Brno, Czech Republic, has erected these tents for the homeless Romani refugees from Ukraine. (2022). (PHOTO: Tomáš Ščuka)
Brno City Hall, after receiving overwhelming criticism for its approach toward Romani refugees from Ukraine, has announced that it will hold a meeting on how to address the situations of the Romani women from Ukraine who are now living with their children in tents near the Grand Hotel. One option previously on the table was to build a refugee camp in the town of Kuřim in Brno County on land that is owned by Brno City Hall, while another option would be to take advantage of an already-functioning refugee camp near Ostrovačice.
Roman Burián, head of the Brno City Hall’s press center, informed the Czech News Agency (ČTK) of the meeting plans today. The Kuřim town leadership has said that it disagrees with the plan to build a refugee camp on its territory.
Brno relocated refugees from Ukraine who had been living on a grassy island in front of the main railway station to a different outdoor space near the Grand Hotel at the beginning of June. The conditions in which those people still live outdoors have been forcefully criticized by nonprofit organizations and by the volunteers aiding the Romani refugees.
On Tuesday demonstrations were even held about the issue in Brno. “There is no easy solution to this. However, it’s not an acute situation. We’re not talking about something that has to be resolved right now, in one minute, from one day to the next. The situation is stabilized. Thel number of people there is relatively small, at this moment they are being taken care of in an elementary way. We are discussing solutions that have more of a conceptual basis and will be for the longer term,” Burián alleged to ČTK, in direct contravention of the testimonies that have come from those on the spot.
Czech Government Human Rights Commissioner calls another meeting
Brno City Hall was contacted by Czech Government Human Rights Commissioner Klára Šimáčková Laurenčíková, who also initiated previous meetings with the city, the police, the Public Defender of Rights, the Regional Authority of South Moravia and others, according to Burián. Yesterday a third round of those negotiations was held, according to the city.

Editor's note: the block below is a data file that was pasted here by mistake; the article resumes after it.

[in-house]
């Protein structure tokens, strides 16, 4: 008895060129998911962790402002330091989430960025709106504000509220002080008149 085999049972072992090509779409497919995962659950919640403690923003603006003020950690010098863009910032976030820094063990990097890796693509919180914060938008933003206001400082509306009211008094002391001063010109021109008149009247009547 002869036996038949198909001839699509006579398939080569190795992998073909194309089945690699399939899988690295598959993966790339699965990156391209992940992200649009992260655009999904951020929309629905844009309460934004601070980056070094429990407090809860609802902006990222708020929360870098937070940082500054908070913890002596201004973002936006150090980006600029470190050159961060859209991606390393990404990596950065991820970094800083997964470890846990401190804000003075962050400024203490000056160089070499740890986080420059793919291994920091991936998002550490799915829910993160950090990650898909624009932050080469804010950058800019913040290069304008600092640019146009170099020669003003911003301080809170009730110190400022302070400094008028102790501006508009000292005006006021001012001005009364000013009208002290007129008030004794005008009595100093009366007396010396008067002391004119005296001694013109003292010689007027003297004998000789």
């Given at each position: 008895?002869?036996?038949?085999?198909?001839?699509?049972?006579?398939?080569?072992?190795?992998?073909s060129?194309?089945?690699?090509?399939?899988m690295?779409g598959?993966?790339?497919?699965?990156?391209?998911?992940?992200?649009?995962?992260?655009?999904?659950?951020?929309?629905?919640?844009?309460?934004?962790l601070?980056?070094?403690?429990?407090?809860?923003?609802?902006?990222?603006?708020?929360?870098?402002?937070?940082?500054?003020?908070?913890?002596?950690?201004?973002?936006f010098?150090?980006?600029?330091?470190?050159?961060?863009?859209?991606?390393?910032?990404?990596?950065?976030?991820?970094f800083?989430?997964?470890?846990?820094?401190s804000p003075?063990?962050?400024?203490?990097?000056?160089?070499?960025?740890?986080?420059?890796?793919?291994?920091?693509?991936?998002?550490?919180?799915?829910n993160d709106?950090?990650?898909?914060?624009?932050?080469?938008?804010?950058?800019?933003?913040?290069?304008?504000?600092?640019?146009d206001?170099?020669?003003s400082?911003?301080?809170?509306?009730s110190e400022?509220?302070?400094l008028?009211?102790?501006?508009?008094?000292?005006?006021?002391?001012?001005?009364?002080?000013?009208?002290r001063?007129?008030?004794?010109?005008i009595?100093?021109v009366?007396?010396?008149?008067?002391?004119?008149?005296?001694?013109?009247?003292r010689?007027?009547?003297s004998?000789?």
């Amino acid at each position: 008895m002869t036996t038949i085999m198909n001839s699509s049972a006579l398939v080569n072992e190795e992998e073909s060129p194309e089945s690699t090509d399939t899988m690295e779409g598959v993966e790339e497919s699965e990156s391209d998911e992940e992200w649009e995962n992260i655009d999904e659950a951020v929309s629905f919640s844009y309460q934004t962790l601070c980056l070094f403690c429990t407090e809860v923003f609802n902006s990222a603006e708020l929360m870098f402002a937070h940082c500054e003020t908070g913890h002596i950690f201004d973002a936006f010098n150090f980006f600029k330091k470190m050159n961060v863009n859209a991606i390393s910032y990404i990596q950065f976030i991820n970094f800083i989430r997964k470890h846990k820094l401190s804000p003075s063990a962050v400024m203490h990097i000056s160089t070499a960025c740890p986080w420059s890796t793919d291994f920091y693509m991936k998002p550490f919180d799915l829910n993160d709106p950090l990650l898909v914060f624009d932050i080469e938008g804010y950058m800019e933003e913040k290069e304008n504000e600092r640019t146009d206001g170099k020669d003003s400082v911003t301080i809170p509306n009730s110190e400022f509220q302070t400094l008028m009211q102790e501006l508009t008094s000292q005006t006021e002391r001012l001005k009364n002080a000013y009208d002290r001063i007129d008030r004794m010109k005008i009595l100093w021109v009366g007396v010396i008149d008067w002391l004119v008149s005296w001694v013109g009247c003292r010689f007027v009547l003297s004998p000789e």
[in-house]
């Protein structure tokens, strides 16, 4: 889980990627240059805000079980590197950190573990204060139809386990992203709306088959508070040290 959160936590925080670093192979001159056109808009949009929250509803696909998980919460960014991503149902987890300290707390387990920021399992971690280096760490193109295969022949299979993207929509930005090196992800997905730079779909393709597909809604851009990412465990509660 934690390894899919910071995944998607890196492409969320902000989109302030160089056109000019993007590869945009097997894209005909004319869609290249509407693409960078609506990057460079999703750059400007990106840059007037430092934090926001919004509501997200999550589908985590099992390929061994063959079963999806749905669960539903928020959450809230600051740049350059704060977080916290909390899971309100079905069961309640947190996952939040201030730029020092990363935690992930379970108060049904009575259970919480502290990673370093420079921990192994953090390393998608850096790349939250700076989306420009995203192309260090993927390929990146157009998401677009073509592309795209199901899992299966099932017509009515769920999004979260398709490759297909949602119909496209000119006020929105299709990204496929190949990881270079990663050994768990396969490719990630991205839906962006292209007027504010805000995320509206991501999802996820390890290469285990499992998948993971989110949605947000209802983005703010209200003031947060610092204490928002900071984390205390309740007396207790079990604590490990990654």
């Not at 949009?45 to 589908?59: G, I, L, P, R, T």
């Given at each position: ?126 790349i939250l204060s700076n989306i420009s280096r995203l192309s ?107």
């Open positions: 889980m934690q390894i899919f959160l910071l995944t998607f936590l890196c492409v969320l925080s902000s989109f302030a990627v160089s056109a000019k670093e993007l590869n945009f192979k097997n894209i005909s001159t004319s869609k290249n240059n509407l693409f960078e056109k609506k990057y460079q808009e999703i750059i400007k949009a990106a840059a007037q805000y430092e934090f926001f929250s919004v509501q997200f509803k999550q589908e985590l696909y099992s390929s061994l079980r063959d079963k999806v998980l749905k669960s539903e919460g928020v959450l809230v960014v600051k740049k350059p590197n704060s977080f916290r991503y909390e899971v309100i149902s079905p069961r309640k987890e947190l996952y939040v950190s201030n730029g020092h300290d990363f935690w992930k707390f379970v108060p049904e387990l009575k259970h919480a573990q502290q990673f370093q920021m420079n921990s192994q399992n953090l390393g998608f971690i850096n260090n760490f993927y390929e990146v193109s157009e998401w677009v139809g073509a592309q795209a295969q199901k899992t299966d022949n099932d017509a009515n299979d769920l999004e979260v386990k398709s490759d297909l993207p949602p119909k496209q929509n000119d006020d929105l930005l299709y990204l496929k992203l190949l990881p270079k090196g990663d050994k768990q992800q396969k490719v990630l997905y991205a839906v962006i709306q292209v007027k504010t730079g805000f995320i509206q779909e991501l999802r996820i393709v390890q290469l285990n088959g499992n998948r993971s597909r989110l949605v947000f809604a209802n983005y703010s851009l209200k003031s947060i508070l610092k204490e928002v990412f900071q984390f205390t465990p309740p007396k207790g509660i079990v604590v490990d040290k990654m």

“We are addressing who has to take care of people from foreign states who repeatedly come to Brno to attempt to access humanitarian welfare from the Labor Office, where they will be taken care of and under what conditions,” Burián said, reiterating the city’s line of attack against the Romani refugees from Ukraine. Without providing details to substantiate his allegations, he then asserted that during one vetting of a group of the people at issue undertaken by the Aliens Police, Brno’s Department of Social Welfare, and the Labor Office, it turned out that of 107 such applicants, just three were eligible to claim the humanitarian assistance being offered to refugees from Ukraine who are temporarily protected in the Czech Republic.
Brno City Hall is thus reiterating the mantra of those politicians throughout the Czech Republic who are alleging that there are “many” Romani refugees here who, for example, are citizens of both Hungary and Ukraine. However, according to public broadcaster Czech Television, the actual number of such persons in the country is absolutely marginal.
The Czech Police informed Czech Television that of more than 5,000 refugees from Ukraine who were vetted for Hungarian citizenship, just 150 turned out to actually be dual citizens. That is less than 3 % of the number of those vetted, as of the public broadcaster’s reporting earlier this month.
Burián said Brno believes that as long as people’s lives are not endangered, it is not the city’s duty, as a municipality with expanded competence, to care for them. However, as the wife of the Ukrainian Ambassador to the Czech Republic, Olga Perebyjnisová, has previously stated, nowhere in Ukraine is safe at the current time, which means that all of the refugees from Ukraine have left because their lives are endangered.
Kuřim says no to a refugee camp
According to Burián, Brno City Hall owns land in the town of Kuřim and wanted to build a camp for the Romani refugees there. Yesterday’s negotiations were also attended by Mayor of Kuřim Drago Sukalovský (Mayors and Independents – STAN).
“The town of Kuřim disagrees with that solution, it wouldn’t be good. The outcome of the negotiations is that such a solution will no longer be worked on and a different one will be sought,” the mayor told ČTK.
Sukalovský said that in his view, problems should be solved where they exist and that if they arise in one city, it is not possible to resolve them by moving them elsewhere – moreover, according to him, the people involved do not want to leave Brno and would return there at the first opportunity all the same. The third reason the mayor rejects the idea of a refugee camp is that Kuřim, with a population of less than 11,000 residents, already is home to about 500 refugees from Ukraine and both the local authorities and the town itself are already busy caring for them.
Burián told the media that the logistically and technically easiest solution would apparently be to relocate the refugees into an already-functioning camp in Ostrovačice set up by the Regional Authority of South Moravia. However, also according to Burián, the Regional Authority disagrees with that solution because the Ostrovačice locale is functioning just for the short-term accommodation of refugees.
The people living in the Ostrovačice facility are those who arrived at the Regional Assistance Center without having their documents in order, which means they are waiting to be vetted. Burián still insists that relocating the Romani refugees now in Brno to Ostrovačice will apparently be discussed further.